11. #11 JThompson
    July 9, 2009

    It’s kinda baffling that anyone could claim second hand smoke doesn’t cause health problems.

    Greg: The more libertarian among us would tell you “It’s his business, not yours. If you don’t like what goes on in it, take your business elsewhere.” and they’re right…up to a point. That point was when there weren’t any non-smoking bars. (Someone could’ve made a fortune on that.)
    I don’t care for people being prohibited from doing something that’s legal elsewhere in their own business. Since that never really worked out, I’m in favor of the bans. As a dirty smoker, but always a polite one.

    Zach: Haha. Constitutional right to smoke. Do you think they’re sufficiently determined to claim freedom of religion?

    John: If every smoker quit smoking people would freak the hell out and taxes would go through the roof from the lost revenue. Several states would go totally bankrupt. My guess is the outdoor bans were more to reduce piles of butts. After all, you didn’t get rid of the inconsiderate ones, you just sent them outside.

  12. #12 Greg
    July 9, 2009

    J~
    The more libertarian among us would tell you “It’s his business, not yours. If you don’t like what goes on in it, take your business elsewhere.” and they’re right…up to a point.

    I agree that they would, but they’d be wrong too. Smoking is not a business issue, it’s a personal one. By saying it is the other guys problem if they don’t like your smoke you actually have it backwards. A lot of people say they are libertarians but they are actually anarchists because they fail to see that the other person has the exact same claim to personal rights as they do, and that when in conflict it’s the acting party, not the stronger party, that is obligated to provide compensation. Libertarianism is about personal rights and responsibilities and respecting the same in your neighbor. The thing is when you lights up a cigarette you become the active party and as the active party you are infringing on someone else’s rights as much as you are enjoying your own. As such that person has a right to demand compensation. Think of it like this: your neighbor can sit on his porch on his property and shoot his gun. However if that bullet leaves his property and hits your porch on you property, who is pays for the damage?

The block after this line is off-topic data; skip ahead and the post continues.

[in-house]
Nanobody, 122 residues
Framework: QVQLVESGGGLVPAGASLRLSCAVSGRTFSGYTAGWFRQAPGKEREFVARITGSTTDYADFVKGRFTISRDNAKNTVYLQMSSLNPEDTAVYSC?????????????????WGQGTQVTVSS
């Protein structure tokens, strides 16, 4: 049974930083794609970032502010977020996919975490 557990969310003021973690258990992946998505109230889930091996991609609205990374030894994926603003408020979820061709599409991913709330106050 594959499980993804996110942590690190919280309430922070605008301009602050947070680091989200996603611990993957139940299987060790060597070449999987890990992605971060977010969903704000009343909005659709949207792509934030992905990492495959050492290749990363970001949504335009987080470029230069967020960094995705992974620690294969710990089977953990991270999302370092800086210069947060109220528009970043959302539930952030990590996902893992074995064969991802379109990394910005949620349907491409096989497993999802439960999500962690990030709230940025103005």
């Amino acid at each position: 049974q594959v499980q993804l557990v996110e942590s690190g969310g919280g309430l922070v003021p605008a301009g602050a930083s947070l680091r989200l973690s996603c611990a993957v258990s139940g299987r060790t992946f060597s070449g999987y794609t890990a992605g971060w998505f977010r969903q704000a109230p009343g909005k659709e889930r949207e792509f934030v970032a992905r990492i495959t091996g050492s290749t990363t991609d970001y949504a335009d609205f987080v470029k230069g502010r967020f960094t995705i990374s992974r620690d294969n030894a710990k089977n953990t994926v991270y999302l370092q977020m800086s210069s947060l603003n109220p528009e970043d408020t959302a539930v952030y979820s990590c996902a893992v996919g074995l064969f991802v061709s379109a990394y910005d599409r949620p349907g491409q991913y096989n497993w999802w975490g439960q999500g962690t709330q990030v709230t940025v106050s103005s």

When you are speaking in terms of people the property line is the interface between your body and the rest of the world.

    This is where Libertarianism falls down when applied to the real world. It fails because unlike anarchy Libertarianism requires that everyone follow the rules but like Anarchy refuses to accept a governing party to enforce this relationship, saying that each individual must negotiate compensation on individual terms. As soon as one person says “It’s his business, not yours. If you don’t like what goes on in it, take your business elsewhere.” and refuses to take responsibility of being the active party and offer fair compensation, the whole relationship becomes a conflict of relative power. Liberty falls to Anarchy.

    ~G

  13. #13 Andrew
    July 9, 2009

    Good post—thank you.

    There is some evidence about outdoor smoke being a problem. A study published in the Journal of the Air and Waste Management Association concluded that depending on the proximity, second-hand smoke outdoors can be harmful to public health. Info about the study can be found: http://www.tobaccosmoke.org/outdoor-tobacco-smoke.

    I disagree with the argument that suggests car emissions are more of a problem than smoke on a patio and therefore nothing should be done. Reducing emissions is a good idea but then so is reducing exposure to SHS. Why wouldn’t we avoid exposure to a known pollutant that is easily regulated?

    It is fair to say that the evidence about outdoor smoke is not as developed as indoor; however, in certain cases such as where people congregate in close quarters (e.g. bar patios) restrictions may be in order.

  14. #14 TGAP Dad
    July 9, 2009

    FWIW: The P&T video didn’t play for me. I got an “Invalid Parameter” (???) error in the video window.

  15. #15 CybrgnX
    July 9, 2009

    In this case I am one of those who cares less about the reports…FOR ME it was awful!!! I went through 15yrs of sinus & breathing problems because the daily exposure of 2nd hand smoke. I found out about it not from doctors but because the USAF band smoking in certain locations BECAUSE OF THE HARM IT DID TO THE EQUIPMENT!!! A few months working here and my 15yrs of problems vanished!!!
    I stopped others from smoking around very simply. If they lit up, I started spraying actetone into the air. Most smokers were curious, so they always asked me why? I told them if they can put their shit in the air, I can do mine. Theirs harms me and mine will become cyanide in the heated tip of a cigarette…have a short life. They always left, strange that. Ya I’m an asshole but I believe in self defense. PS: I was really spraying Dihygrogen Monoxide which is another dangerous substance too and was free.

  16. #16 trrll
    July 9, 2009

    If they lit up, I started spraying actetone into the air. Most smokers were curious, so they always asked me why? I told them if they can put their shit in the air, I can do mine. Theirs harms me and mine will become cyanide in the heated tip of a cigarette